FIVE FINGER DEATH PUNCH Drummer Says Playing In Kuwait Was 'Incredible'

Joe Daly of The Nervous Breakdown recently conducted an interview with drummer Jeremy Spencer of Las Vegas metallers FIVE FINGER DEATH PUNCH. A couple of excerpts from the chat follow below.

The Nervous Breakdown: You just got back from Kuwait. Tell us about that.

Jeremy: It was incredible. We went to Iraq in 2010, as it's the least we can do to give back to those guys, because they're over there sacrificing their family lives and they don't get a lot of entertainment, so they were stoked when we got there. I love everything about it, minus the twenty-hour flight each way. But once I shook that off, the shows were great and meeting all the troops was really cool. It's something that we'll end up doing again, because we get great feedback and it means a lot to them. It's awfully tough to travel over there, but we like to do it when we can, so maybe we'll be back in another couple years or something.

The Nervous Breakdown: Last time I saw you guys, "American Capitalist" hadn't dropped yet. It eventually entered at number 3, selling 91,000 copies that week. How did that feel?

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Jeremy: It was incredible. We were always joking, "Wouldn't it be cool if nobody else released anything that week and we snuck into the No. 1 spot?" But then it almost happened! We lost out to Adele, who's been selling so many records and beating everyone, and then EVANESCENCE came out that week, and they're a pretty popular group, so we ended up in third, but I'll take that. We're extremely humble and grateful. It's weird to see all these pop artists, country artists and R&B artists beneath us on the list, so it was great company in the top ten. We got to do it once and if it happens again, it would be incredible.

The Nervous Breakdown: A lot of readers underestimate how hard it is to be on the road.

Jeremy: Yeah, I imagine a lot of people at the end of their eight-hour work day, they go home and lay down on their couch or whatever, but we get in the bus with each other and ride to the next state. It's a little challenging, because we're older and set in our ways, so after a certain amount of time, the way someone eats their cereal will annoy you. You have to learn how to process things and understand what it really means, and you've got to have a sense of humor, which we all seem to have. There's times when we want to get away from each other, but that's natural. This is great, though. It's like camp and we're little kids in the candy store, having a great time. We have a great opportunity here. Things are going well and I don't want to say that we should be role models, but we're in a position of responsibility and we don't need to be the rock and roll cliché, you know what I mean? I've certainly tried it, and it's fun for awhile, but that's not a smart way to live, or a healthy way to live. I like to be alive man, to enjoy this thing.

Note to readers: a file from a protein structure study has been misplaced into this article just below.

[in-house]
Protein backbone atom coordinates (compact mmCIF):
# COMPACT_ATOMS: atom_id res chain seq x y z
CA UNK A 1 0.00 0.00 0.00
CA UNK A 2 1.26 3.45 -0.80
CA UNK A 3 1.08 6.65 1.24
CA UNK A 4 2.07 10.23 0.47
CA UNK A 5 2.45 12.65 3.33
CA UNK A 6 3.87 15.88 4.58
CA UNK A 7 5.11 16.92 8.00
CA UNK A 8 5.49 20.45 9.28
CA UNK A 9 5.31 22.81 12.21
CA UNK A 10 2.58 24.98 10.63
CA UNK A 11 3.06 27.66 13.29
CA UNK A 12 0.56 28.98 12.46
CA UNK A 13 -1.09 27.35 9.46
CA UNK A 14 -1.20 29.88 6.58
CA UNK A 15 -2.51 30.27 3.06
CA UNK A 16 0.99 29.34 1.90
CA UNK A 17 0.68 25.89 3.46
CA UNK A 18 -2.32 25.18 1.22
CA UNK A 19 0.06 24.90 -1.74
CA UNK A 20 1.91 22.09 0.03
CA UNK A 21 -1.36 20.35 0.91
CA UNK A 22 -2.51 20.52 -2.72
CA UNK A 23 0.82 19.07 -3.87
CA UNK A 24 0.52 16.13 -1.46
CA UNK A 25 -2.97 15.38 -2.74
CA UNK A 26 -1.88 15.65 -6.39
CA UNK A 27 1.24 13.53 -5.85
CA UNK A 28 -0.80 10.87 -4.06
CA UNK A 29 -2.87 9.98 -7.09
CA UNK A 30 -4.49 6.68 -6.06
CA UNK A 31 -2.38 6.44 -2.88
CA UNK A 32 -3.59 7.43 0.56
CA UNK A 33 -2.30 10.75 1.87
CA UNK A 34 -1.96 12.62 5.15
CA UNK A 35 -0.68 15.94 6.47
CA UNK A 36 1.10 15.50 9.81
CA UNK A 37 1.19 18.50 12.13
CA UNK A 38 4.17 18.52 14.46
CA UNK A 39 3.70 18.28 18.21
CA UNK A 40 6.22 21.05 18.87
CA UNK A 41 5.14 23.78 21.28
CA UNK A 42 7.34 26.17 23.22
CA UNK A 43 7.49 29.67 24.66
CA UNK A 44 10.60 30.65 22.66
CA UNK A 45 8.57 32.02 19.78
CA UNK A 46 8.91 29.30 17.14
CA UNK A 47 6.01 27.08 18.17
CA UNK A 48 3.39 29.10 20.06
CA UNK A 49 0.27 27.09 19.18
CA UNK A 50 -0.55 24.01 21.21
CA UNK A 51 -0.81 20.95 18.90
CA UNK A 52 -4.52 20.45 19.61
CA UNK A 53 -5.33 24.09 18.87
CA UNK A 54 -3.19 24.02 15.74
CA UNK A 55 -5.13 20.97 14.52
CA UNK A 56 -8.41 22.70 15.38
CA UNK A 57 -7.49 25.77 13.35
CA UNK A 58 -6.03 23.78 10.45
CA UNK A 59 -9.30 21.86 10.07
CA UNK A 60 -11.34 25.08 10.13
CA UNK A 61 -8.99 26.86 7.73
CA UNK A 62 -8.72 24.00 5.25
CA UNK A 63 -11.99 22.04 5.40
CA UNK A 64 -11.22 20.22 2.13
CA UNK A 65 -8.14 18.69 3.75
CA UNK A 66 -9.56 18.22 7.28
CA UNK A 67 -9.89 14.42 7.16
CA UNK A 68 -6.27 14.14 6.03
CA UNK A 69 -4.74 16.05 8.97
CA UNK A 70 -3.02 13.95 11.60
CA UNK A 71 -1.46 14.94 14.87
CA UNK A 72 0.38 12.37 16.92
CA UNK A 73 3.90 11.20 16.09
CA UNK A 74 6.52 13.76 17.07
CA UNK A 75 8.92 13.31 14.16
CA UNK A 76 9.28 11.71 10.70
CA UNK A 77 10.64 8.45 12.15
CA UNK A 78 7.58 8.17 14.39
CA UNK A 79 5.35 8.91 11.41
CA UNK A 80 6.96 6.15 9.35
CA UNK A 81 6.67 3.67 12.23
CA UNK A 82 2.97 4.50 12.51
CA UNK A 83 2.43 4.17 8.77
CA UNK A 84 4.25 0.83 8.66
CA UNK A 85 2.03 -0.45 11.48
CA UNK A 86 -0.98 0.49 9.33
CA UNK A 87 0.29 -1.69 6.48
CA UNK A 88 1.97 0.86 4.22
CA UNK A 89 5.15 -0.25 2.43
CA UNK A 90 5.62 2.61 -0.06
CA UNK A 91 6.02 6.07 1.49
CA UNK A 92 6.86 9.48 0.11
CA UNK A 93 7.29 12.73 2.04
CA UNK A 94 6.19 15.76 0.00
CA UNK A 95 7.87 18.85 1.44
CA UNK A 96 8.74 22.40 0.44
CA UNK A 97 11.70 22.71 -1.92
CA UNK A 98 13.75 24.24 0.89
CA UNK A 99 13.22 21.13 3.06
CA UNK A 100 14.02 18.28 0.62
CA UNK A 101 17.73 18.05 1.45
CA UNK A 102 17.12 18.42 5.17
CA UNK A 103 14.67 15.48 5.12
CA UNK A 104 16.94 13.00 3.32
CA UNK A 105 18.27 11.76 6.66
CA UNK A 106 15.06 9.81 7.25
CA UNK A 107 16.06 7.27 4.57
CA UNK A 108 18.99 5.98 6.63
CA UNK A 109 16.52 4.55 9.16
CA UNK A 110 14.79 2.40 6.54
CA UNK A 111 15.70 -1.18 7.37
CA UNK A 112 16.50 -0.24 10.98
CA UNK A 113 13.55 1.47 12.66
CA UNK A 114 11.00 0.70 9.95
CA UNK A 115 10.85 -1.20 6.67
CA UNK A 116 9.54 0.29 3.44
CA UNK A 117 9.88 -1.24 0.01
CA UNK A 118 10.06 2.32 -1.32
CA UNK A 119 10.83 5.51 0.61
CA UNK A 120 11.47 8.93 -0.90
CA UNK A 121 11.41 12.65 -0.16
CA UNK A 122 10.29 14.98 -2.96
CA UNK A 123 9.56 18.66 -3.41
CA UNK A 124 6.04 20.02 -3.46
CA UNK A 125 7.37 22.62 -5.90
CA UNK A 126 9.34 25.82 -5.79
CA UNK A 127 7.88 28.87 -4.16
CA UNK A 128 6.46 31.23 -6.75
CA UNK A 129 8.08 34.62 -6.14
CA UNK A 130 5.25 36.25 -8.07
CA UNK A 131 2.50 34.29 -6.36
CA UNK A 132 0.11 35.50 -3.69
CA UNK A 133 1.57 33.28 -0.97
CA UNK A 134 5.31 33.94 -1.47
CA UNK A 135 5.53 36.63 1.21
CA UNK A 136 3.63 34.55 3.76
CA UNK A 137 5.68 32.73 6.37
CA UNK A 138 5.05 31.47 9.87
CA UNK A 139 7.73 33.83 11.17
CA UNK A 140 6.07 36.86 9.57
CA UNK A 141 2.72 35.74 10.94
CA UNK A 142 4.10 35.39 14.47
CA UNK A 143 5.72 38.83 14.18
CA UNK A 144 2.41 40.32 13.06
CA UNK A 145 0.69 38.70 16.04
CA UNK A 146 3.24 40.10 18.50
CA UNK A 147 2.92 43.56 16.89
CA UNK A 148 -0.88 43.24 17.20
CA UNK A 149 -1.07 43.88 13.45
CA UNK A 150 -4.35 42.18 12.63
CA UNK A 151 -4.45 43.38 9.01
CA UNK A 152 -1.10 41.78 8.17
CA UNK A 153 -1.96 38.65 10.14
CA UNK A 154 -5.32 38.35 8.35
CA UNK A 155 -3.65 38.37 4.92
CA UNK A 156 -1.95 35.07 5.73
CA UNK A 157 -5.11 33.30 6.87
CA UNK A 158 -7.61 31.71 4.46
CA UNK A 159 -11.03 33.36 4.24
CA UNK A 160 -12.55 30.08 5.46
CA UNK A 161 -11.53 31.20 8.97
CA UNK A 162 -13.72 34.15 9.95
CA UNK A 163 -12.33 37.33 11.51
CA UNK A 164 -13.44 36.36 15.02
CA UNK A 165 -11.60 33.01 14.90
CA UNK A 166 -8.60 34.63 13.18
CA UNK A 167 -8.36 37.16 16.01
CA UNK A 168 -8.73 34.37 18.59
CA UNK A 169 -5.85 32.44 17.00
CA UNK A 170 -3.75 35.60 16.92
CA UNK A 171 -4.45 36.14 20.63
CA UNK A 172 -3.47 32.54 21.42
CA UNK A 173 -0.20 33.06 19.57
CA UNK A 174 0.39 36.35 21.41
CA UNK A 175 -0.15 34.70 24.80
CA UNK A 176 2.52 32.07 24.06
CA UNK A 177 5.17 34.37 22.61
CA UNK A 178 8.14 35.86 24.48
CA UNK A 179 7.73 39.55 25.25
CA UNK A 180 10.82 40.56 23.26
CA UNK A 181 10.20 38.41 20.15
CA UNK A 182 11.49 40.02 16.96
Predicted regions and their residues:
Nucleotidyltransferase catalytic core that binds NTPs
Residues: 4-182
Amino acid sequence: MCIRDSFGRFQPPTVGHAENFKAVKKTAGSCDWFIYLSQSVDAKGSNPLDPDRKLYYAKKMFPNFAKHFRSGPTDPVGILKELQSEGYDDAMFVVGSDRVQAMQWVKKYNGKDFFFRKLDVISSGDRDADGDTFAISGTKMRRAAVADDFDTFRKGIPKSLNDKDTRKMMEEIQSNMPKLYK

The Nervous Breakdown: You've got the expectations that come with success. Does that put a weight on you guys at all?

Jeremy: I noticed that during the making of "American Capitalist", I felt a little pressure because we had just come off two gold records and everyone was watching to see what's the next move. We were really critical on ourselves and I'm really happy with the way it turned out. We released the first single, "Under and Over It", and it was received really well on the radio — top five — and I was a little relieved. Now I just look at it as if we write something that's honest and that we believe in, that's all we can control, because the climate in the music industry changes and tastes change and you just have to stick with whatever you like and if you're into it, that's all that matters. Everything else is a bonus.

Read the entire interview from The Nervous Breakdown.


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